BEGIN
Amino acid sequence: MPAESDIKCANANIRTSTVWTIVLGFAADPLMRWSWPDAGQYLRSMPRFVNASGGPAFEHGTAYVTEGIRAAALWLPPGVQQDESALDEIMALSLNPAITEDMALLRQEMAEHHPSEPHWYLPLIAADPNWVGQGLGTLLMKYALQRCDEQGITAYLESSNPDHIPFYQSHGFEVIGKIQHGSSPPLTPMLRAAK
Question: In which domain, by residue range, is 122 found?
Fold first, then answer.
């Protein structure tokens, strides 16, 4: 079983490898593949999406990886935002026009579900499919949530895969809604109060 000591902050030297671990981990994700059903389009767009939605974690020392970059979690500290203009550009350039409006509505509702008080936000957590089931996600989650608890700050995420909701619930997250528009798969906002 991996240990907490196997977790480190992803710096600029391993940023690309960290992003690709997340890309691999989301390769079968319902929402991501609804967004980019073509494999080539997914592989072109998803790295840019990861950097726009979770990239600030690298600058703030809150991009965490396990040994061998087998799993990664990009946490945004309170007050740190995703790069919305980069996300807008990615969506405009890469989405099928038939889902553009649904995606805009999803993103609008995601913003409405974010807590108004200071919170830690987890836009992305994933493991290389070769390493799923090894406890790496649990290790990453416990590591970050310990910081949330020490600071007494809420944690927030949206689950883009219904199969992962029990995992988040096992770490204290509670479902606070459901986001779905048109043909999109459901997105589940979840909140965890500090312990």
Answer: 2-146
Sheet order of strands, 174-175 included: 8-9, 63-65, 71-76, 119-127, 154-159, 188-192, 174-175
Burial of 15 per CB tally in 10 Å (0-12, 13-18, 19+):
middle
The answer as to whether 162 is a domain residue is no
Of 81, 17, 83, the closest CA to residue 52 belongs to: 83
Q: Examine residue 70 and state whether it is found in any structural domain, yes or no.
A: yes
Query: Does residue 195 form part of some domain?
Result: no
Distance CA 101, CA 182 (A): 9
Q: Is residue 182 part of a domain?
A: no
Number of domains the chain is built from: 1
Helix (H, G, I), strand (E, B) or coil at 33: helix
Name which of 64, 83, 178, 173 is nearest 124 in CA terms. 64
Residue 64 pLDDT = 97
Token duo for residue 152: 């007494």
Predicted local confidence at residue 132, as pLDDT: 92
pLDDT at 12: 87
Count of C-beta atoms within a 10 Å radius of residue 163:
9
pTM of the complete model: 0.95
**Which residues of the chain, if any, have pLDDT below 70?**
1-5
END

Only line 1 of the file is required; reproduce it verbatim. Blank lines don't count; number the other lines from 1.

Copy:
Amino acid sequence: MPAESDIKCANANIRTSTVWTIVLGFAADPLMRWSWPDAGQYLRSMPRFVNASGGPAFEHGTAYVTEGIRAAALWLPPGVQQDESALDEIMALSLNPAITEDMALLRQEMAEHHPSEPHWYLPLIAADPNWVGQGLGTLLMKYALQRCDEQGITAYLESSNPDHIPFYQSHGFEVIGKIQHGSSPPLTPMLRAAK